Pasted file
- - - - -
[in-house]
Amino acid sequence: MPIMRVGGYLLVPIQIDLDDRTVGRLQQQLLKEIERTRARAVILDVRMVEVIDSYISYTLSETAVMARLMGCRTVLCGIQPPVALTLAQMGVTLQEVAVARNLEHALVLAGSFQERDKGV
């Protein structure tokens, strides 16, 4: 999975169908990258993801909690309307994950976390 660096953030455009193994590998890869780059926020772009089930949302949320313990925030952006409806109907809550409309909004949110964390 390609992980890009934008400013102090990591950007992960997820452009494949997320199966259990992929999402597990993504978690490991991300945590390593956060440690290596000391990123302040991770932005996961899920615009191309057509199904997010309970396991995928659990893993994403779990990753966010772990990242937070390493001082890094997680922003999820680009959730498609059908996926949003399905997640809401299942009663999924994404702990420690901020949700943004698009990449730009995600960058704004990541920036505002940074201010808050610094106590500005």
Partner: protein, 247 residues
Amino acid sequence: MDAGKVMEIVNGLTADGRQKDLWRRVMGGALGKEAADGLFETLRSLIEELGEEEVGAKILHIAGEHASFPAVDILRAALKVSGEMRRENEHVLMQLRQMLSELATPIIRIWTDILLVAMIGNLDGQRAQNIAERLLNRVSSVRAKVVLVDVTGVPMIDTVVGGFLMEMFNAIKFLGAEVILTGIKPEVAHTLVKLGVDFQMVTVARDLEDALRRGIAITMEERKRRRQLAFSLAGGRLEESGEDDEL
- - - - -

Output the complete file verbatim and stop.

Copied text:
[in-house]
Amino acid sequence: MPIMRVGGYLLVPIQIDLDDRTVGRLQQQLLKEIERTRARAVILDVRMVEVIDSYISYTLSETAVMARLMGCRTVLCGIQPPVALTLAQMGVTLQEVAVARNLEHALVLAGSFQERDKGV
């Protein structure tokens, strides 16, 4: 999975169908990258993801909690309307994950976390 660096953030455009193994590998890869780059926020772009089930949302949320313990925030952006409806109907809550409309909004949110964390 390609992980890009934008400013102090990591950007992960997820452009494949997320199966259990992929999402597990993504978690490991991300945590390593956060440690290596000391990123302040991770932005996961899920615009191309057509199904997010309970396991995928659990893993994403779990990753966010772990990242937070390493001082890094997680922003999820680009959730498609059908996926949003399905997640809401299942009663999924994404702990420690901020949700943004698009990449730009995600960058704004990541920036505002940074201010808050610094106590500005």
Partner: protein, 247 residues
Amino acid sequence: MDAGKVMEIVNGLTADGRQKDLWRRVMGGALGKEAADGLFETLRSLIEELGEEEVGAKILHIAGEHASFPAVDILRAALKVSGEMRRENEHVLMQLRQMLSELATPIIRIWTDILLVAMIGNLDGQRAQNIAERLLNRVSSVRAKVVLVDVTGVPMIDTVVGGFLMEMFNAIKFLGAEVILTGIKPEVAHTLVKLGVDFQMVTVARDLEDALRRGIAITMEERKRRRQLAFSLAGGRLEESGEDDEL